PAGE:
Role of TNF-α
TNF-α has a well-established role in chronic inflammatory diseases, and its tumor-promoting effects have already been demonstrated. TNF-α, produced by tumor cells or inflammatory cells in the tumor promoting microenvironment, promotes tumor cell survival by inducing genes that encode NF-kB-dependent antiapoptotic molecules. Macrophages phagocytoze asbestos and then release TNF-α in asbestos-induced malignant mesothelioma. This TNF-α promotes cell survival, reducing asbestos-induced cytotoxicity and increasing the pool of asbestos-damaged mesothelial cells susceptible to malignant transformation. TNF-α has also been proposed to contribute to tumour initiation by stimulating the production of genotoxic molecules such as nitric oxide and reactive oxygen species, which can cause DNA damage and mutations. TNF-producing genetic polymorphisms are linked to an increased risk of bladder cancer, hepatocellular carcinoma, gastric cancer, and breast cancer, as well as a poor prognosis in a several haematological malignancies. TNF-α also promotes angiogenesis and metastasis, as well as impairing the immune system by suppressing T cell responses and the cytotoxic activity of activated macrophages. TNF-αhas also been found to play a tumor-promoting role in cholestatic liver cancer, which develops as a result of chronic liver inflammation in mice lacking the drug and phospholipid transporters. During the tumor proliferation stage, treatment with a TNF- α specific neutralising antibody resulted in apoptosis of transformed hepatocytes and failure to progress to hepatocellular carcinoma.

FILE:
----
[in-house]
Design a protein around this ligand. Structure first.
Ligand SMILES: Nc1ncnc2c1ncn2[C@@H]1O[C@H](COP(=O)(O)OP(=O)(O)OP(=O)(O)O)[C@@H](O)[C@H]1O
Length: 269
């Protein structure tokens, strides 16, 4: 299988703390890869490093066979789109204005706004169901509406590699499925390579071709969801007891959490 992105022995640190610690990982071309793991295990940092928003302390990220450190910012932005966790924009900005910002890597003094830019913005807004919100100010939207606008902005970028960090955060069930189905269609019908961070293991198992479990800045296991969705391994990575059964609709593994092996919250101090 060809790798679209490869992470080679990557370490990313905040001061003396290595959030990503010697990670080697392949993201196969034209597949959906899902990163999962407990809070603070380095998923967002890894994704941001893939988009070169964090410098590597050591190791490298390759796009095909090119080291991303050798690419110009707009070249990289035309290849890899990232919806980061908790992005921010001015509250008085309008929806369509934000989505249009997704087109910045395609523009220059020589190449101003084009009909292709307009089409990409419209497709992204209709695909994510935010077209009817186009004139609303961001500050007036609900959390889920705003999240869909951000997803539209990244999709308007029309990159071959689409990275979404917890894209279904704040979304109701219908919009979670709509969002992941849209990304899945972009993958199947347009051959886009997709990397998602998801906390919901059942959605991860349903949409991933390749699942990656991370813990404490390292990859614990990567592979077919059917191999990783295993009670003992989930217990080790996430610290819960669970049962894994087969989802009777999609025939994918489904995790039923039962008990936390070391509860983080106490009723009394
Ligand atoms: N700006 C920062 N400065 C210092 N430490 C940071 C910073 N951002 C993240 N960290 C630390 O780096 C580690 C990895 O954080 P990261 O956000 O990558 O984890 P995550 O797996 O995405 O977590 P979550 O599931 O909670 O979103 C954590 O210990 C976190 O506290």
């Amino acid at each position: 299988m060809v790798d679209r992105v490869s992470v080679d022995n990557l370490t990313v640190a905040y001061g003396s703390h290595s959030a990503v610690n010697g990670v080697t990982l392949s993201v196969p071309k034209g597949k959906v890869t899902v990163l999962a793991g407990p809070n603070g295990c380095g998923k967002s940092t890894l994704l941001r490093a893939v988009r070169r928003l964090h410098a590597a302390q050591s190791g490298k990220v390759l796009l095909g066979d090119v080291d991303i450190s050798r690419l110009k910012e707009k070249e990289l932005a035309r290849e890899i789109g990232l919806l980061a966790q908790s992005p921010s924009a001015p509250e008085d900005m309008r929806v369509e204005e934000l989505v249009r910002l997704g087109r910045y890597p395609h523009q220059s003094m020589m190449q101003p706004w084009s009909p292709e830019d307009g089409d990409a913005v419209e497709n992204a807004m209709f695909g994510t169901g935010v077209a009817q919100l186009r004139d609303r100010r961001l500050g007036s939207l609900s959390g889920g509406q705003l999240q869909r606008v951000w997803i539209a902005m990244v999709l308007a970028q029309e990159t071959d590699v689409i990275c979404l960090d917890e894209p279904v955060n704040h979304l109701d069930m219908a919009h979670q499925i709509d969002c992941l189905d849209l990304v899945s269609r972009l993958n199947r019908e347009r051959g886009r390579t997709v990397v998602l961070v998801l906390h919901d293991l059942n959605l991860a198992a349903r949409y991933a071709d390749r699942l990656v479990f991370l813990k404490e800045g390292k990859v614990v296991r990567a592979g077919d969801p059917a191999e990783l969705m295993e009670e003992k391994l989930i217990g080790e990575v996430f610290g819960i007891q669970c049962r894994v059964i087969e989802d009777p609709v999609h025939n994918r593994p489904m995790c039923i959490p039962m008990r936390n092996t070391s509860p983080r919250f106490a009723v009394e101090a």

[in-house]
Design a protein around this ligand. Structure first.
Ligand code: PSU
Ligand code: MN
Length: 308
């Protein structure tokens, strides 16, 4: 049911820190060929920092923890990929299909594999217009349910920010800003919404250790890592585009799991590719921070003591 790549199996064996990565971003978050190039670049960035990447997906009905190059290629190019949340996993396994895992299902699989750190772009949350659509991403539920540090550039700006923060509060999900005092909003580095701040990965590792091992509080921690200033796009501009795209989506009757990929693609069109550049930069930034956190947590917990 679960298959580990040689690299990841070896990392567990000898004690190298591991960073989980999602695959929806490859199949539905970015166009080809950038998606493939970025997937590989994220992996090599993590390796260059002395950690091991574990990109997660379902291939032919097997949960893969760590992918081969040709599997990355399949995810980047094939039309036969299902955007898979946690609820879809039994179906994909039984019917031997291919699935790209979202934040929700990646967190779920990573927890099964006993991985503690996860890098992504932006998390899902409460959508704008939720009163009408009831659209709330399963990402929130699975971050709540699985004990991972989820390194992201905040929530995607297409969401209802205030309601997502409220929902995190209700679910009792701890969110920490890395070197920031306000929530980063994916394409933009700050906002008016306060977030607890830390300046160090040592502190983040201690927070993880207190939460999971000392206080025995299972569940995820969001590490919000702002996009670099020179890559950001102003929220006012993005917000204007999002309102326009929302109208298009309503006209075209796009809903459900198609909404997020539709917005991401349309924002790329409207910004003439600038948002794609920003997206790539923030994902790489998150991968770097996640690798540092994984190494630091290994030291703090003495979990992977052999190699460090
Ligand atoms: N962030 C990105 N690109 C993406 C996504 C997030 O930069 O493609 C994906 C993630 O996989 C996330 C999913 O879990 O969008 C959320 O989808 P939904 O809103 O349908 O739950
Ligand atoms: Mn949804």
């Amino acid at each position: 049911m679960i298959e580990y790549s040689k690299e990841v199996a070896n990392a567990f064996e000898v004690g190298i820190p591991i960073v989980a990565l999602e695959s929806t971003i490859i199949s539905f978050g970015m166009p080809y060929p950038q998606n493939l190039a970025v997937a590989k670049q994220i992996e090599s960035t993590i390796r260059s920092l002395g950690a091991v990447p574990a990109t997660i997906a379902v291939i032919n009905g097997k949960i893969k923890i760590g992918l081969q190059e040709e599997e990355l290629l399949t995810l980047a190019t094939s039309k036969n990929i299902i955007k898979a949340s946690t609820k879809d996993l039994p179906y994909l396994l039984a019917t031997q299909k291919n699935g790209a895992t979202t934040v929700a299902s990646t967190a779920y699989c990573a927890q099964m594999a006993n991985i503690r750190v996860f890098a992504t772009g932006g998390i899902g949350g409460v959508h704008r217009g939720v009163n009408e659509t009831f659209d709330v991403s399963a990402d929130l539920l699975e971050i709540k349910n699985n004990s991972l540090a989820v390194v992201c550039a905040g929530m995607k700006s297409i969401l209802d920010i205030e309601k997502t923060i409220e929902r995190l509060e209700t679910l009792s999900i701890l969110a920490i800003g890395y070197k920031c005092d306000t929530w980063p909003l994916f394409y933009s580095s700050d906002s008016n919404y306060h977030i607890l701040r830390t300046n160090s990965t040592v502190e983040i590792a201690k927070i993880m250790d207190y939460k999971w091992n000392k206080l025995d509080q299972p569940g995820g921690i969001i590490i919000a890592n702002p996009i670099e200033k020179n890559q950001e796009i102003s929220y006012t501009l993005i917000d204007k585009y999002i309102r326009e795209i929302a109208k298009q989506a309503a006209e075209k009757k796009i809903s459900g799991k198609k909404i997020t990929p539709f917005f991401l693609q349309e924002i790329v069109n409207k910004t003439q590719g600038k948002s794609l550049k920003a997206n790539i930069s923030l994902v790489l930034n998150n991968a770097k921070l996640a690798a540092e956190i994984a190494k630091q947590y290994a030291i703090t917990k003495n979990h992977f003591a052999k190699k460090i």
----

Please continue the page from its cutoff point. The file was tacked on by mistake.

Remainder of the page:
IL-6 is a potent inflammatory cytokine that is a key growth-promoting and antiapoptotic factor. Activation of the IL-6 receptor causes phosphorylation of the STAT proteins STAT1 and STAT3. STAT3 promotes malignant cell proliferation, whereas STAT1 inhibits tumour cell growth. The majority of IL-6 target genes are involved in cell cycle progression and apoptosis suppression, both of which contribute to tumorigenesis. It has been proposed that IL-6 plays a critical role in the pathogenesis of Kaposi sarcoma. Other studies have found a link between circulating IL-6 and an increased risk of developing Hodgkin lymphoma.